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II Corinthians (The Anchor Yale Bible | AYB)

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Overview

Nothing speaks more highly for a commentary than how valuable it is to pastors and scholars, students, and interested readers. By all accounts, Victor Paul Furnish’s commentary on II Corinthians has become the standard by which others are judged. In addition, Furnish has “accomplished a difficult task with remarkable skill and apparent ease” (Biblical Theology Bulletin), and has given us “one of [the Anchor Yale Bible’s] finest studies” (Catholic Biblical Quarterly). In the internationally renowned tradition of the Anchor Yale Bible series, this commentary is an excellent and indispensable tool for biblical study.

Scholars rarely possess both the gift of academic excellence and the ability to communicate their expertise in an extremely readable fashion; but Furnish succeeds admirably with the right balance of scholarship and practical application, offered in the most accessible prose. With a mastery of primary languages and sources, and a lucid discussion of the first-century context of Paul’s second letter to the Corinthians, the reader enters the worldview of the original recipients of this hard-hitting letter. In the end, Furnish successfully navigates the maze of difficulties faced by the commentator and, thankfully, helps the general audience understand what II Corinthians says and means.

Logos Bible Software gives you the tools you need to use this volume effectively and efficiently. With your digital library, you can search for verses, find Scripture references and citations instantly, and perform word studies. Along with your English translations, all Scripture passages are linked to Greek and Hebrew texts. What’s more, hovering over a Scripture reference will instantly display your verse! The advanced tools in your digital library free you to dig deeper into one of the most important contributions to biblical scholarship in the past century!

Resource Experts
  • Offers original translations, including alternative translations, annotations, and variants
  • Provides verse-by-verse commentary on the text
  • Presents the reader with historical background, including analysis of authorship and dating
  • Features an extensive bibliography of primary and secondary literature
  • Chapters 1–9 (Letter D)
    • Letter Opening, 1:1–11
      • Address, 1:1–2
      • Blessing, 1:3–11
    • Letter Body, 1:12–9:15
      • Assurances of Concern, 1:12–2:13
      • Comments on Apostolic Service, 2:14–5:19
      • Appeals, 5:20–9:15
  • Chapters 10–13 (Letter E)
    • Letter Body, 10:1–13:10
      • An Appeal for Obedience, 10:1–18
      • A Fool’s Speech, 11:1–12:13
      • Renewal and Conclusion of the Appeal, 12:14–13:10
    • Letter Closing, 13:11–13[14]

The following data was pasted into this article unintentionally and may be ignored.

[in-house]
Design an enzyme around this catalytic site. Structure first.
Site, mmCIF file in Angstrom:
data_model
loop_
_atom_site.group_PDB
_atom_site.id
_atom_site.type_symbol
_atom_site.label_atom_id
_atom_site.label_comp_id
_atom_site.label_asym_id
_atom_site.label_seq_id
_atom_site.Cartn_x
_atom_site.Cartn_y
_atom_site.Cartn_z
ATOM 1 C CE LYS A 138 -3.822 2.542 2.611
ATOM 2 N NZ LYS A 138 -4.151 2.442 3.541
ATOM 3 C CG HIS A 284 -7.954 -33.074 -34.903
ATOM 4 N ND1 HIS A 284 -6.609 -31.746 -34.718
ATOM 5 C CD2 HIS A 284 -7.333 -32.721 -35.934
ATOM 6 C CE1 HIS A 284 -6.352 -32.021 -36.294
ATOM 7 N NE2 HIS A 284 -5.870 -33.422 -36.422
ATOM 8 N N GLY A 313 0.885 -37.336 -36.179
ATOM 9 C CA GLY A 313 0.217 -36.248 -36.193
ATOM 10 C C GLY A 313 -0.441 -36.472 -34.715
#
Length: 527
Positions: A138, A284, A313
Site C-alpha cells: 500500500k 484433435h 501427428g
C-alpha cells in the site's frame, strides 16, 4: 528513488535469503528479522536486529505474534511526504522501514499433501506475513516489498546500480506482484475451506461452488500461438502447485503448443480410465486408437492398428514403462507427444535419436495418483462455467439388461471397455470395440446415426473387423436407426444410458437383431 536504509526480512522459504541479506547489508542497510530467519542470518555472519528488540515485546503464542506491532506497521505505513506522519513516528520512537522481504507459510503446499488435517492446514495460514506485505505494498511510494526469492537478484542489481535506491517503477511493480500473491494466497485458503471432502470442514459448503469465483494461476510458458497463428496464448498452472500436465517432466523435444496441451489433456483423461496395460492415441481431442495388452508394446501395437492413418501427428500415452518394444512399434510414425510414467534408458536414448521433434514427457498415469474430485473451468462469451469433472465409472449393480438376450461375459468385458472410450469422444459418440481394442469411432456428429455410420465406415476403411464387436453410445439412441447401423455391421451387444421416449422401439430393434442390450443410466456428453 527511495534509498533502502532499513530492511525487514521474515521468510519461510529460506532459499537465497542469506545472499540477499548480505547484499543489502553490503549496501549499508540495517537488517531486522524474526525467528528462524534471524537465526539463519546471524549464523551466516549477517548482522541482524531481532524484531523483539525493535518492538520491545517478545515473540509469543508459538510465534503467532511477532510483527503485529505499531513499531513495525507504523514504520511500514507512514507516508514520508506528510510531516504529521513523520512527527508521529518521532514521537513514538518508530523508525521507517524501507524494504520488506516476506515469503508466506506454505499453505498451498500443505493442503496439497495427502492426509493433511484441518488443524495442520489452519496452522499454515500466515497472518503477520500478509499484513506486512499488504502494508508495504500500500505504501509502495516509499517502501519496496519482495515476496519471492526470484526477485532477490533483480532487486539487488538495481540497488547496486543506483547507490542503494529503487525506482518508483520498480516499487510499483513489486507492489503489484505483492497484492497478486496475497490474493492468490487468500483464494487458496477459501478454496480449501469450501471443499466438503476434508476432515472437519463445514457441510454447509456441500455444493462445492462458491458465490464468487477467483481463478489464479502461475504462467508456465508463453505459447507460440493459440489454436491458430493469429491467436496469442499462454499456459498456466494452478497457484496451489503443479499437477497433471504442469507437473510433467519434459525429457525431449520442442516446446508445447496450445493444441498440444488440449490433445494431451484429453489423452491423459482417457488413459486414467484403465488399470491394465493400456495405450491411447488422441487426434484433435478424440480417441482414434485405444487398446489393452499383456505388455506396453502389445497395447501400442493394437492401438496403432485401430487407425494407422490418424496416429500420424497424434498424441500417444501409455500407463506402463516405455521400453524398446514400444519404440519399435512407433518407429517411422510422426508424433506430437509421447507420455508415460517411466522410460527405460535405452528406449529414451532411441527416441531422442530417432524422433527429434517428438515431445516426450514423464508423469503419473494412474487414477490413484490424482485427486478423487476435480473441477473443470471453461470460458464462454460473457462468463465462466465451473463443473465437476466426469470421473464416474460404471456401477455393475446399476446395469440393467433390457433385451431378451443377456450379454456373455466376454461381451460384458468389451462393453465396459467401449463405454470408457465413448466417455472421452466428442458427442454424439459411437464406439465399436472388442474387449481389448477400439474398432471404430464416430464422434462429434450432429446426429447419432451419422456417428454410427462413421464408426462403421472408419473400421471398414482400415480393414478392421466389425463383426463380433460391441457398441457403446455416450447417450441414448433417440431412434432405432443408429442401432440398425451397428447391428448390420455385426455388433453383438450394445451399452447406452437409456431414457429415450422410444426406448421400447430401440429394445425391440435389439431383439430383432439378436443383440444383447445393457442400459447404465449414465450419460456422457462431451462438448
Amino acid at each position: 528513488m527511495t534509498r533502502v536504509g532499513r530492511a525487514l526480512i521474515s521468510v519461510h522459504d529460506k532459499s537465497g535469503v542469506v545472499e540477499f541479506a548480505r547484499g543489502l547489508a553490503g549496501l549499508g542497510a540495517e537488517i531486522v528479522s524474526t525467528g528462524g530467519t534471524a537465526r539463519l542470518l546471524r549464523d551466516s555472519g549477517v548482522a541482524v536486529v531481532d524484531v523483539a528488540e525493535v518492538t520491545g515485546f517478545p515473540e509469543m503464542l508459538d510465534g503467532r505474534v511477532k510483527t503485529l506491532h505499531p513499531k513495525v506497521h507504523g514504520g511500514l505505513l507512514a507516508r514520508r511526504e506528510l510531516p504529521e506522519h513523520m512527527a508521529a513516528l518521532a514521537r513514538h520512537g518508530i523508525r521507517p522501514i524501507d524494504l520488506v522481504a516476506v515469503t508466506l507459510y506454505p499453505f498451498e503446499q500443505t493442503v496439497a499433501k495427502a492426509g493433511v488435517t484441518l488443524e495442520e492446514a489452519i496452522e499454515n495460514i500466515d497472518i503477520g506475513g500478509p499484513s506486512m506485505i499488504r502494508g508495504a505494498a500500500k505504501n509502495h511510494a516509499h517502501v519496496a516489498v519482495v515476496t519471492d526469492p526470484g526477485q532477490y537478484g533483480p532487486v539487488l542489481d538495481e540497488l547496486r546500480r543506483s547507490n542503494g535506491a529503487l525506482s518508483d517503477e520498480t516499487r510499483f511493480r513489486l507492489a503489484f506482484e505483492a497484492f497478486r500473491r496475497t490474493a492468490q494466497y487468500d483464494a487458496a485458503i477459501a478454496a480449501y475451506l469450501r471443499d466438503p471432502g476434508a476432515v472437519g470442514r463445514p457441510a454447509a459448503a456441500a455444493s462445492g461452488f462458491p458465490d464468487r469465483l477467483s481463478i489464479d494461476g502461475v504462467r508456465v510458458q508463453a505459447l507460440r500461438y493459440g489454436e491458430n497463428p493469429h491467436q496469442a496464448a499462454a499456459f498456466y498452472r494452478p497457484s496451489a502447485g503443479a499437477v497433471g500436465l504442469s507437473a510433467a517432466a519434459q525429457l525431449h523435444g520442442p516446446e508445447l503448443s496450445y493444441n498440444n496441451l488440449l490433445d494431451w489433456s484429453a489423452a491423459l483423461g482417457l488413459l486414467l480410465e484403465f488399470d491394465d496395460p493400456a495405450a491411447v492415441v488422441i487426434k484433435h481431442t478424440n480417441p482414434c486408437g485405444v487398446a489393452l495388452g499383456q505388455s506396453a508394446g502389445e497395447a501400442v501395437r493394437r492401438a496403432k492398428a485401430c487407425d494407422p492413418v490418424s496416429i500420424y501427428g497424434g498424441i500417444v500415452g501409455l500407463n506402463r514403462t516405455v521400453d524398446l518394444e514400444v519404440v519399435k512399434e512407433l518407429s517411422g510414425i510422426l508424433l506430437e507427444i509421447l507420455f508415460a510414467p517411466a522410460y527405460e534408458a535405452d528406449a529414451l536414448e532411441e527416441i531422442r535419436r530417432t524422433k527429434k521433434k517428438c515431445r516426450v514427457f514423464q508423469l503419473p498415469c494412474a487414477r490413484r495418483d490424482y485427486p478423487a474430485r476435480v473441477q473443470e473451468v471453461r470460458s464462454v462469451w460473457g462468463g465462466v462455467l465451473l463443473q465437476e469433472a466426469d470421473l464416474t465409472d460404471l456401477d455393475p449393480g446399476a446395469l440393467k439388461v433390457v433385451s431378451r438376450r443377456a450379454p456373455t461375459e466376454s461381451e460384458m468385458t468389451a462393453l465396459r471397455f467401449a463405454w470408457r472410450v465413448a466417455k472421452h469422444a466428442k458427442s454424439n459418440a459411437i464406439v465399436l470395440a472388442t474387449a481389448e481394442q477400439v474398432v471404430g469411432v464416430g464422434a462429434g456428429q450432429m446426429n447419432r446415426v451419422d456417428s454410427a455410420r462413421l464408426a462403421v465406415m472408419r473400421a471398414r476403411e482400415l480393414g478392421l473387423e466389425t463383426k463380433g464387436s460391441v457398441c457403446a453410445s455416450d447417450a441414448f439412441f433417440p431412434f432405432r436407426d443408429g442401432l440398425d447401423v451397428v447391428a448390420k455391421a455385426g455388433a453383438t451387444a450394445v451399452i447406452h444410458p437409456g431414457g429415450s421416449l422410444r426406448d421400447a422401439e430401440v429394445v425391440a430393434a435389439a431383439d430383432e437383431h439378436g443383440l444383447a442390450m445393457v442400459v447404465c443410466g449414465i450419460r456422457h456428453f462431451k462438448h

Top Highlights

“This would be a curious reversal of the military imagery Paul had applied to his apostolate earlier in the letter (10:3–6), but it is just such reversals as this that are characteristic of his ‘fool’s speech.’ Earlier he assured the Corinthians of his courage (10:2) and boasted of his authority (10:8). Now he is writing to them of his humiliations and boasting of his weaknesses.” (Page 542)

“Finally, from these passages one may surmise that the intruders were skilled in the art of Hellenistic rhetoric (11:6; cf. 10:10), and that they boasted specifically about being of Jewish stock (11:21b–22).” (Page 50)

“In addition to general studies of Paul’s opponents (e.g., Gunther 1973), there have been numerous books and articles specifically on his Corinthian opponents (e.g., Schmithals 1971; Bieder 1961; Friedrich 1963b; Georgi 1964; Oostendorp 1967; Barrett 1971; Machalet 1973; Thrall 1980), a survey of which discloses what varied conclusions can be drawn from the limited evidence that is available. The history of the research on this topic has been often reviewed (see, e.g., Hughes, 356–58; Barrett, 28–30, and 1971:233–36; Friedrich 1963b:192–96; Georgi 1964:7–16; Machalet 1973:183–90; G. Barth 1980:257–59), and need not be repeated here.” (Page 49)

“In the context of Acts the story does help to illustrate God’s mercy and provident care of Paul. But its context in 2 Cor is quite different.” (Page 541)

“Corinth, therefore, has the distinction of being the city in which the earliest of Paul’s surviving letters was written” (Page 24)

A quite superb commentary . . . everything that a good commentary should be

Expository Times

Perhaps the definitive commentary on the letter in English

Journal of the Evangelical Theological Society

  • Title: II Corinthians
  • Author: Victor Paul Furnish
  • Series: Anchor Yale Bible (AYB)
  • Publisher: Yale University Press
  • Publication Date: 2005
  • Pages: 648

University Distinguished Professor Emeritus of New Testament, Perkins School of Theology, Southern Methodist University.

Reviews

4 ratings

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  1. Robert J Richardson
  2. Jim Rudolph

    Jim Rudolph

    5/13/2019

  3. Benjamin Carbone
  4. MDD

    MDD

    4/5/2017

$49.99

Print list price: $55.00
Save $5.01 (9%)